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Local

  • H2O is OK, says utility in ad, bills

    The Lancaster County Water and Sewer District water treatment plant violated the amount of a contaminate in the county’s drinking water late last year.

    The district is notifying residents now through advertising and on their monthly bills about a higher than normal level of trihalomethanes found in the county’s drinking water in September, said Mike Bailes, water treatment plant operator.

  • Doster selected featured sculptor

    The University of South Carolina Upstate has selected Lancaster resident Bob Doster, an internationally acclaimed artist, as the featured sculptor for the 2008-09 season. His unique style of metal design ranges from the whimsical feel of free-floating steel in multi-colored tables and accent pieces to the distinction of monumental sculpture.

    The Doster exhibition officially begins in April, where six pieces of his work will be showcased on the campus. An artist lecture and reception will be held in the fall.

  • 'County at fault for park delay'

    INDIAN LAND - You may not see a lot of heavy equipment near the U.S. 521 entrance of Edenmoor, but work continues at the huge residential community, and developers say an EMS station and community park will be complete by August.

    The first phase of homebuilding at Edenmoor continues. Sean Calloway, development manager for GS Carolina, the company developing Edenmoor, said 17 lots are under contract. When Phase 1 is finished, there will be 399 homes at Edenmoor, which will eventually have 2,000 homes.

  • Police arrest man at Wal-Mart

    A Lancaster woman sensed someone was following her while shopping in Wal-Mart on Monday evening. And when the man took a picture of her with his camera phone, she knew for sure that she was being targeted.

    Guillermo Aquino Gutierrez, 23, of 210 W. Dunlap St., was charged Monday with harassment second degree and disorderly conduct.

    The woman, who asked not be named, told The Lancaster News that Gutierrez had been walking near her and her two children while they were shopping inside the super center on S.C. 9 Bypass about 7:30 p.m.

  • To borrow or not to borrow?

    Lancaster County residents will have a say in how the county will pay for a new courthouse, and possibly other government buildings.

    County Council Chairman Rudy Carter said Wednesday that the county must hold a referendum for voters because it cannot borrow the money it will take to build a courthouse without using bonds.

    The county is planning the referendum to coincide with the general election on Nov. 4.

  • Kids escape from house

    A home with open beer cans, old food and human waste over the floor is a dangerous place for children, police say.

    The parents who allowed their three children to live in those conditions have been charged a month after police discovered the conditions.

    Robert Louis Bailey, 27, and Laura Ann Bailey, 23, of 310 Cedar St., were each charged Tuesday with three counts of unlawful conduct toward a child.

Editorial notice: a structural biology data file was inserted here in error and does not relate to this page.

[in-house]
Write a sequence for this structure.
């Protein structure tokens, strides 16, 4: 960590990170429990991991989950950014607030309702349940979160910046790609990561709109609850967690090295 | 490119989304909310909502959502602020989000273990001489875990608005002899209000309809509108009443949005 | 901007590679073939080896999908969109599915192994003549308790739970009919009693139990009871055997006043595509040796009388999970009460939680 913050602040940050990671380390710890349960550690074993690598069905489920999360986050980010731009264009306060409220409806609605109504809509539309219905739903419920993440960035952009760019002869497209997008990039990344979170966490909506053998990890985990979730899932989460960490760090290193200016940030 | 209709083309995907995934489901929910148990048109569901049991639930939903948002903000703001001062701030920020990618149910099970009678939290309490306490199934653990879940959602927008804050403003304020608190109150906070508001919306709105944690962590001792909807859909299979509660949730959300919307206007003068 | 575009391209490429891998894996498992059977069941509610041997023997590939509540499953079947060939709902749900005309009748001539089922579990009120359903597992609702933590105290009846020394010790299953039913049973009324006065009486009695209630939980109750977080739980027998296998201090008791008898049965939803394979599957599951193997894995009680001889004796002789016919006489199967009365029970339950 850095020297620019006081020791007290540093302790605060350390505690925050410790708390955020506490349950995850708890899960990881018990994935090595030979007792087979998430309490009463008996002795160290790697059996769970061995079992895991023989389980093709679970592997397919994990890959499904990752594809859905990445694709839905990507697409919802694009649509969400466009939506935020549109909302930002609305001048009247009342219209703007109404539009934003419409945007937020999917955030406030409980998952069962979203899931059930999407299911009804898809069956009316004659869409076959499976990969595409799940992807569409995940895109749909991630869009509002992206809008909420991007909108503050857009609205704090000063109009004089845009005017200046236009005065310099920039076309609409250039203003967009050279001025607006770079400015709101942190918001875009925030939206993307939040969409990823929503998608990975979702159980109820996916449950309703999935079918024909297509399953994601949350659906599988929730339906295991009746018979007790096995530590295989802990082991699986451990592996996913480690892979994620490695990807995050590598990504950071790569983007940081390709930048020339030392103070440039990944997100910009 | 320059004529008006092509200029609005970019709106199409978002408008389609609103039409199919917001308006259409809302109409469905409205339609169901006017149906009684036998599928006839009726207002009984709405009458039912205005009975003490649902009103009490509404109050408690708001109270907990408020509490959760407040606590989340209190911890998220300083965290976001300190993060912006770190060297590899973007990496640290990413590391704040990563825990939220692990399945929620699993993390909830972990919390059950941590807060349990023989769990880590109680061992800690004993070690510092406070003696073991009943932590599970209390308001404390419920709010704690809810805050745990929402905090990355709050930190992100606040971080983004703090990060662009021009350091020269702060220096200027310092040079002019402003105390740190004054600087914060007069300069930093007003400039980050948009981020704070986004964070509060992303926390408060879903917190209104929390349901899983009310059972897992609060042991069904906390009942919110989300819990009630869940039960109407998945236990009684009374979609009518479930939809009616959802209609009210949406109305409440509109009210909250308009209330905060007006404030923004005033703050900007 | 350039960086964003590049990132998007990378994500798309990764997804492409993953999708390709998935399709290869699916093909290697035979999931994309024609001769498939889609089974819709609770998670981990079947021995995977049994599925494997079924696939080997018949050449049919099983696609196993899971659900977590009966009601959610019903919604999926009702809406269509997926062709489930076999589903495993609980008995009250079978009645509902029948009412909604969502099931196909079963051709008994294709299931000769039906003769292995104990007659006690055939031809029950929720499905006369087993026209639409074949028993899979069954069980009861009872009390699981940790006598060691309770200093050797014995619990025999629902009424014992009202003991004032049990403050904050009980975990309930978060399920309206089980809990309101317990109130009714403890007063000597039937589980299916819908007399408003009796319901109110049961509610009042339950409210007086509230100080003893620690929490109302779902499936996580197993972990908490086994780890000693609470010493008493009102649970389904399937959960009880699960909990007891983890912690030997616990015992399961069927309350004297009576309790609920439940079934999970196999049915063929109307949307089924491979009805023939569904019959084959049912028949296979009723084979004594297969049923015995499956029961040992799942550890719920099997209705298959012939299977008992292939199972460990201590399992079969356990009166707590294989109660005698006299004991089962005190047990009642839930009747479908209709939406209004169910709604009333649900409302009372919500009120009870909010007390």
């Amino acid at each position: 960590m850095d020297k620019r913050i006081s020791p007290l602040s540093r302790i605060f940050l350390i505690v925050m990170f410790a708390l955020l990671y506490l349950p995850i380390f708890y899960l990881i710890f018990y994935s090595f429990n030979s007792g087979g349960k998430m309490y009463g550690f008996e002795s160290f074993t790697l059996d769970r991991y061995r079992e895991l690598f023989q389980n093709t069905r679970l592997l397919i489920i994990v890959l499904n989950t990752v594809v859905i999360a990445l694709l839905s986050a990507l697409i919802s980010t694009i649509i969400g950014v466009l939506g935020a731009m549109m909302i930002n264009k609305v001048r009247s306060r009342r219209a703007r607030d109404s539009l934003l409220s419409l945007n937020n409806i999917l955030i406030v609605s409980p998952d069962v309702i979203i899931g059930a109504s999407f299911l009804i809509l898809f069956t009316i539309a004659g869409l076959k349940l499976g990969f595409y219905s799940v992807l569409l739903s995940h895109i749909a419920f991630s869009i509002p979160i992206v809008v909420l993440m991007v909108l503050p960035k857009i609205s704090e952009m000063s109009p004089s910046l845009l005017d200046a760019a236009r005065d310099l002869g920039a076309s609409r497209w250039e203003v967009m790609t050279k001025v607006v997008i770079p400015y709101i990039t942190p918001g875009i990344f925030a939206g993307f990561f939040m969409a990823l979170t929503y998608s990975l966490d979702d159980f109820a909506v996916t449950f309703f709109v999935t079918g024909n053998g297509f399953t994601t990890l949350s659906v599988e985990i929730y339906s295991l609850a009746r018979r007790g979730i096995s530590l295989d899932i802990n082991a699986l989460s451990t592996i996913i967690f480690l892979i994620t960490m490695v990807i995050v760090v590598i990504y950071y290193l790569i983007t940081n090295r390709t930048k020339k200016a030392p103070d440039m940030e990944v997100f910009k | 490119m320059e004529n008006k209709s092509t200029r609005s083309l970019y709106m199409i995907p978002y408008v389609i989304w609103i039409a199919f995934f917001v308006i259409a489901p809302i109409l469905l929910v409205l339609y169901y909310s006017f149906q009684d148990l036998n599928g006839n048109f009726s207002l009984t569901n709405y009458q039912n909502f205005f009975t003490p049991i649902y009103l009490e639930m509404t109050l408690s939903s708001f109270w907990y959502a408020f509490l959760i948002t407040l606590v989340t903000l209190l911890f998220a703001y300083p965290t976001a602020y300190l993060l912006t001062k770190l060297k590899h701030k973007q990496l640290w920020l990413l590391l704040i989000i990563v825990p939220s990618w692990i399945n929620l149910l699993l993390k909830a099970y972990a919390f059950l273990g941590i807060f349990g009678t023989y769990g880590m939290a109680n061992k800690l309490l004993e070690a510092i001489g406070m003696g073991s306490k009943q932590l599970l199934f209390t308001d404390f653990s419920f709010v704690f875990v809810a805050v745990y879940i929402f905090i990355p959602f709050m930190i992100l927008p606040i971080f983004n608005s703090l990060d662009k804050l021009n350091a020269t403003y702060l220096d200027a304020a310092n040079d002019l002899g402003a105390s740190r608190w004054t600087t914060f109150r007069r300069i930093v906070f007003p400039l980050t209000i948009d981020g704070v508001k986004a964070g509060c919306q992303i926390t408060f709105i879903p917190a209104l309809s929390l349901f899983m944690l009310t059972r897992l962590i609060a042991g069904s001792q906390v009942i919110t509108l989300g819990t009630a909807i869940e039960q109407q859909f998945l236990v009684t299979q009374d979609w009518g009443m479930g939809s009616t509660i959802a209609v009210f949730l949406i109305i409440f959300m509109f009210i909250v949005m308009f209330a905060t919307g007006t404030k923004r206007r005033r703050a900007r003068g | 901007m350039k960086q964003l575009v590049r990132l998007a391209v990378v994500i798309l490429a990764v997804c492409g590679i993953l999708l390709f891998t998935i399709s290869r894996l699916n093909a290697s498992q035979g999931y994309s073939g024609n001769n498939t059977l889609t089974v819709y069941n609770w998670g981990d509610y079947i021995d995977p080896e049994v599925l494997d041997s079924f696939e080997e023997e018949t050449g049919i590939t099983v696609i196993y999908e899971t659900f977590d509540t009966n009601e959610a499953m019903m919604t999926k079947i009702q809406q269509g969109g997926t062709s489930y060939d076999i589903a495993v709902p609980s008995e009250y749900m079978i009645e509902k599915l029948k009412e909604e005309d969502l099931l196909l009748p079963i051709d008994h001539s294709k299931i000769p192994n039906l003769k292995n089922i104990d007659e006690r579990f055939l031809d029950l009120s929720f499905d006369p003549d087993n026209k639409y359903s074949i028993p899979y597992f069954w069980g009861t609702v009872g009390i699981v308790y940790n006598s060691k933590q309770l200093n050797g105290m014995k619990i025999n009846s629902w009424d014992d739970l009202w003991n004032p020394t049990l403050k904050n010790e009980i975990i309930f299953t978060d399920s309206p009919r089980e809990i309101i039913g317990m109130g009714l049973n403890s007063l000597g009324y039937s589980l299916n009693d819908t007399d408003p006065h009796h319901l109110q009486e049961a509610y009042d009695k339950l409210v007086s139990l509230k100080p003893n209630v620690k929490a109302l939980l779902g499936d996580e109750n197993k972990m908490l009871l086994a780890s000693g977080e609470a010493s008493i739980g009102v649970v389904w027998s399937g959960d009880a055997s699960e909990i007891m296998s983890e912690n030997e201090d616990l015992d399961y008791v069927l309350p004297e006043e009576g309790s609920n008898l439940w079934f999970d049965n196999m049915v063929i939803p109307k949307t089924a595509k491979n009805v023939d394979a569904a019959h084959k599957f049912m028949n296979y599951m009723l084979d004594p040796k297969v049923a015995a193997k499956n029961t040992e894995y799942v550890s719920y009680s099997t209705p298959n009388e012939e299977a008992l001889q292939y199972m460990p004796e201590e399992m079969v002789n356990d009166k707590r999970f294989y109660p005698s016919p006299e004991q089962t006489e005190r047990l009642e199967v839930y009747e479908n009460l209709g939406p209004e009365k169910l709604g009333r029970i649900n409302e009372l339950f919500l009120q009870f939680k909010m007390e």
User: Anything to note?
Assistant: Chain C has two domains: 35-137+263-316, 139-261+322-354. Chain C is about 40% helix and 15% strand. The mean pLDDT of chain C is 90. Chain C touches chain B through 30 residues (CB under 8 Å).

Lancaster police came to the Baileys' home on Feb. 8 after a driver saw their three young children - ages 4, 3 and 1 - playing in the middle of the road.

  • Upgrades, funding top planning agenda

    Capital projects emerged as Lancaster County Council's top priority going into a new budget year during council's planning session March 1.

    Potential capital projects include a new court complex, which could house circuit, family, magistrate's, probate and municipal court, the clerk of court, Lancaster County Sheriff's Office, solicitor's office, public defender, Department of Juvenile Justice, Probation, Parole and Pardons office, Emergency Management and the county's E-911 center.

  • Speaker plugs hybrid plug-ins

    INDIAN LAND – A car that gets 100 miles per gallon may seem like a vehicle of the future. But it’s not, according to James Poch, executive director of the Plug In Hybrid Coalition of the Carolinas, based in Charleston.

  • County to receive $65,000

    Lancaster County has been awarded federal funds under the Emergency Food and Shelter National Board Program.

    The county will receive $65,869 to supplement emergency food and shelter programs.

    The selection was made by a national board, chaired by the Department of Homeland Securitys Federal Emergency Management Agency, and including representatives from The Salvation Army, American Red Cross, United Jewish Communities, Catholic Charities USA, National Council of Churches of Christ in the USA and United Way of America.

  • County to receive $65,000

    Lancaster County has been awarded federal funds under the Emergency Food and Shelter National Board Program.

    The county will receive $65,869 to supplement emergency food and shelter programs.

    The selection was made by a national board, chaired by the Department of Homeland Security's Federal Emergency Management Agency, and including representatives from The Salvation Army, American Red Cross, United Jewish Communities, Catholic Charities USA, National Council of Churches of Christ in the USA and United Way of America.